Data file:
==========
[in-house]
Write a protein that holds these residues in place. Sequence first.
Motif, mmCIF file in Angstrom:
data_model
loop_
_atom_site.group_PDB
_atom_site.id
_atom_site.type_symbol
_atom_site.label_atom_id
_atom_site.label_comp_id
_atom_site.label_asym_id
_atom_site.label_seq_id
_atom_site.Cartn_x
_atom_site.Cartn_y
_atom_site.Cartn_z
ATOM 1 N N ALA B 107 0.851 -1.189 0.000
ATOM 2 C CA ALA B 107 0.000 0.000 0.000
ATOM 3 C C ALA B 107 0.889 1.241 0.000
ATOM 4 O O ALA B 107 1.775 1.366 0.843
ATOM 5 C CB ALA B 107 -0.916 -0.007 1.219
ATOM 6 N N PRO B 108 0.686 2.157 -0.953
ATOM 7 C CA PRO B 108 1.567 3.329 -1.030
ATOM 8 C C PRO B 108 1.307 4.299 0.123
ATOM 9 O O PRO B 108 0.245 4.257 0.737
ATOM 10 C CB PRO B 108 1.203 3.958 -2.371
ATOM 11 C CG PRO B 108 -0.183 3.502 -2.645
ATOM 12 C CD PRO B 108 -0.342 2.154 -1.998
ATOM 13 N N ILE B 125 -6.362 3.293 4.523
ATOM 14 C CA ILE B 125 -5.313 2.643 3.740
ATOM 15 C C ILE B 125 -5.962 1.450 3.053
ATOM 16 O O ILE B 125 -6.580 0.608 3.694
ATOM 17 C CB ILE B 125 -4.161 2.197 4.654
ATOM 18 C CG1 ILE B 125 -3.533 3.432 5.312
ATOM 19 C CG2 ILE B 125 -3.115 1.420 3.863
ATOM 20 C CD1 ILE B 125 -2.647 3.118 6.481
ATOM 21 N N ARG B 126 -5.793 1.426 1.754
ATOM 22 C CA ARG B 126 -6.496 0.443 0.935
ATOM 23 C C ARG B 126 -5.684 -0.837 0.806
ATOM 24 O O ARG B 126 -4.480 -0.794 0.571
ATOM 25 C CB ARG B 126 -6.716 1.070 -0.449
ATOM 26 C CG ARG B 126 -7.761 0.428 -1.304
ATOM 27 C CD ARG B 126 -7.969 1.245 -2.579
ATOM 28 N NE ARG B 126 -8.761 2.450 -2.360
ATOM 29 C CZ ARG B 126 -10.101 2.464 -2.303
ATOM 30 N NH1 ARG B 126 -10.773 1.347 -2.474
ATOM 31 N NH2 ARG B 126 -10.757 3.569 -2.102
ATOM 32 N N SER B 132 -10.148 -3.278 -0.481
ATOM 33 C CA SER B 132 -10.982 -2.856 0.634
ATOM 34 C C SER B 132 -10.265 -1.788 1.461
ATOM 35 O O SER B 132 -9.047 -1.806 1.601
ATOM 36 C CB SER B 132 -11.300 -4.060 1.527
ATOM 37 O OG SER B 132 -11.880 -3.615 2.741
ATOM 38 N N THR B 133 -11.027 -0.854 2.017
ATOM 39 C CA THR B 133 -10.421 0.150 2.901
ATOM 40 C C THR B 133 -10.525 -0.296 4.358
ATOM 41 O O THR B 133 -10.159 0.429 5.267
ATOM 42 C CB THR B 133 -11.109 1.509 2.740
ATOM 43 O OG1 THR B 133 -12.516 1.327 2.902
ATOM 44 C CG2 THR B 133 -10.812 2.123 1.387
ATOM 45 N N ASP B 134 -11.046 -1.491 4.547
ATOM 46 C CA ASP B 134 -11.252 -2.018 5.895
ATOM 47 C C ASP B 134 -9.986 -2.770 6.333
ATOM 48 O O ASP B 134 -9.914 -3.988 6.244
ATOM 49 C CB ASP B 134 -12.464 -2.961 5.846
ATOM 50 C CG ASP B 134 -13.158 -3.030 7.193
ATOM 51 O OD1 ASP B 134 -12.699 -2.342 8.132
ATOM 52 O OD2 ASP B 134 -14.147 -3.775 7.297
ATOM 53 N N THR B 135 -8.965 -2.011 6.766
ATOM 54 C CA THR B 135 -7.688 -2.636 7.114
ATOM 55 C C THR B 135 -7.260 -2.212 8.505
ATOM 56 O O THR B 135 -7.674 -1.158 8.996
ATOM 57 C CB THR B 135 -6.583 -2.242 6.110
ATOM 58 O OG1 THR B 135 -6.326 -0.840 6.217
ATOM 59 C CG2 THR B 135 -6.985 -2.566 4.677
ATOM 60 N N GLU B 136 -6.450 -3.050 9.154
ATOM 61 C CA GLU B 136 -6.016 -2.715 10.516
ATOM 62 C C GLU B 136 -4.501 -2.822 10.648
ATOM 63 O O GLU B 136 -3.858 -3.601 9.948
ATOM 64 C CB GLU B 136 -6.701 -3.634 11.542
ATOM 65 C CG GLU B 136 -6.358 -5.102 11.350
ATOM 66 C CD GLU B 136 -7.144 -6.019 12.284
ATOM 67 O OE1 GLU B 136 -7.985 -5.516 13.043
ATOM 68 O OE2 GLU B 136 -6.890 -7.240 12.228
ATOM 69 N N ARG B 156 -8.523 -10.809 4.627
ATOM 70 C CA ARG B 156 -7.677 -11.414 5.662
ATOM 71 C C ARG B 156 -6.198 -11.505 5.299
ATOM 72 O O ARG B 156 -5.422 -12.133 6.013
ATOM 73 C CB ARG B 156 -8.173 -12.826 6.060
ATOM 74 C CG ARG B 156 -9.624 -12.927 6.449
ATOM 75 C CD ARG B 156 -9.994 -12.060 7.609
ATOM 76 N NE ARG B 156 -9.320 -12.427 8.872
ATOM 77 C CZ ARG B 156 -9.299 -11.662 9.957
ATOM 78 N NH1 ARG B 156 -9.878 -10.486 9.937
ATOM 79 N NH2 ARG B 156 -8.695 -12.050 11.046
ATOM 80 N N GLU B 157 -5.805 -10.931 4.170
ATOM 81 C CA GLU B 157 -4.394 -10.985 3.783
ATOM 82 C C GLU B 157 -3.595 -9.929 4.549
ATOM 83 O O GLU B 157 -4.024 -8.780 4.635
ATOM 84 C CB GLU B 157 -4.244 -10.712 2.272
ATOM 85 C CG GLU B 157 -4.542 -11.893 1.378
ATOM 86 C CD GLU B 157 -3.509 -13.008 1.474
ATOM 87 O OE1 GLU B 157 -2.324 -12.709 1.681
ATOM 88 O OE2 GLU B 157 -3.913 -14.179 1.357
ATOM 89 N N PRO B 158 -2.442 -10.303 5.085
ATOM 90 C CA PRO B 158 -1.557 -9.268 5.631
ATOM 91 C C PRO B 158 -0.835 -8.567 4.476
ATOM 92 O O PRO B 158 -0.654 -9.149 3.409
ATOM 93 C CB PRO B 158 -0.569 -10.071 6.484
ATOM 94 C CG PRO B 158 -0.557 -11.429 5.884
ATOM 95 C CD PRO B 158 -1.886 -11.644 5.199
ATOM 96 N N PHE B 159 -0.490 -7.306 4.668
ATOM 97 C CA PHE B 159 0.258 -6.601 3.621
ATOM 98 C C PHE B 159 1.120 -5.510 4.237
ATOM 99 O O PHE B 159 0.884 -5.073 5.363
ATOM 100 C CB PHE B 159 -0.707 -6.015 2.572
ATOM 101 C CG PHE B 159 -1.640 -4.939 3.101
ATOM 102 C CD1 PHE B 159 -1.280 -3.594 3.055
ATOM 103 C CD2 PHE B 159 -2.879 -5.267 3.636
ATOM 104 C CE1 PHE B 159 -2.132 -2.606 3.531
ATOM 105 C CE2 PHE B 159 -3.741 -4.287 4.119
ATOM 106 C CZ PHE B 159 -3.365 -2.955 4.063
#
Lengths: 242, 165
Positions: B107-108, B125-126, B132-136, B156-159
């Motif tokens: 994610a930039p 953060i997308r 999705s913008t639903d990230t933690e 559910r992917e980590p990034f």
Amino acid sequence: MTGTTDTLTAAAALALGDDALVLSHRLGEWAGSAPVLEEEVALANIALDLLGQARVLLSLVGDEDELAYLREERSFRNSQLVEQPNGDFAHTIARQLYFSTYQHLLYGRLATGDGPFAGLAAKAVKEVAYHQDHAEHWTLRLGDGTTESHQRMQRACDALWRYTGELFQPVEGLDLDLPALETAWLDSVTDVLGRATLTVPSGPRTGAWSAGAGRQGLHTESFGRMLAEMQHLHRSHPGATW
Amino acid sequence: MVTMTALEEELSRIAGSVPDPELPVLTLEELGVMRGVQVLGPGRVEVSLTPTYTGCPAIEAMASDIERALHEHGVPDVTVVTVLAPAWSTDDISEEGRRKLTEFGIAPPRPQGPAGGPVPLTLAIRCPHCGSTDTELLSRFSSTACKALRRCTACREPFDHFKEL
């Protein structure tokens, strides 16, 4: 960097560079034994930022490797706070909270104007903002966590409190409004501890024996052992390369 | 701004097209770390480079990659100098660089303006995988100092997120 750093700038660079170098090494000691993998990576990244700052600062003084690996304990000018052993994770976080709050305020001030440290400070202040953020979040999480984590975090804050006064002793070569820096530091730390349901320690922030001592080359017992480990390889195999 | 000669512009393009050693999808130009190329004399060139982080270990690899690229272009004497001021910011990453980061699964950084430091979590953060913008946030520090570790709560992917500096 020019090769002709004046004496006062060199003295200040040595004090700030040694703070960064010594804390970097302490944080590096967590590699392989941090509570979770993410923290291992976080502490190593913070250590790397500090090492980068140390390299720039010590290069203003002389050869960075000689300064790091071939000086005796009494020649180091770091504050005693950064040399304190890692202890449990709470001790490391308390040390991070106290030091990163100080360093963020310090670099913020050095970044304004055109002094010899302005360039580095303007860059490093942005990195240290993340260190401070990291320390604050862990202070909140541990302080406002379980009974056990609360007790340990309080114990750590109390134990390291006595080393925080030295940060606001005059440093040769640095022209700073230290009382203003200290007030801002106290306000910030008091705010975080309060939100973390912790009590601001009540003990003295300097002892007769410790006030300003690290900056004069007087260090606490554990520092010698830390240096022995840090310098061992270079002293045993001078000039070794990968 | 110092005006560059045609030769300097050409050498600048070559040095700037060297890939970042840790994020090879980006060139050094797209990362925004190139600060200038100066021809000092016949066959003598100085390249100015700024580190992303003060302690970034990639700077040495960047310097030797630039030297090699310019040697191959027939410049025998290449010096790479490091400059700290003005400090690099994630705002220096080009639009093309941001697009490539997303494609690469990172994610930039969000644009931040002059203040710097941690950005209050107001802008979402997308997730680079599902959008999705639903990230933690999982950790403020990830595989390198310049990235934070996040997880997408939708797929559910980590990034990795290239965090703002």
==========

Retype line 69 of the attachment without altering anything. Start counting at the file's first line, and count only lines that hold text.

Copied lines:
ATOM 54 C CA THR B 135 -7.688 -2.636 7.114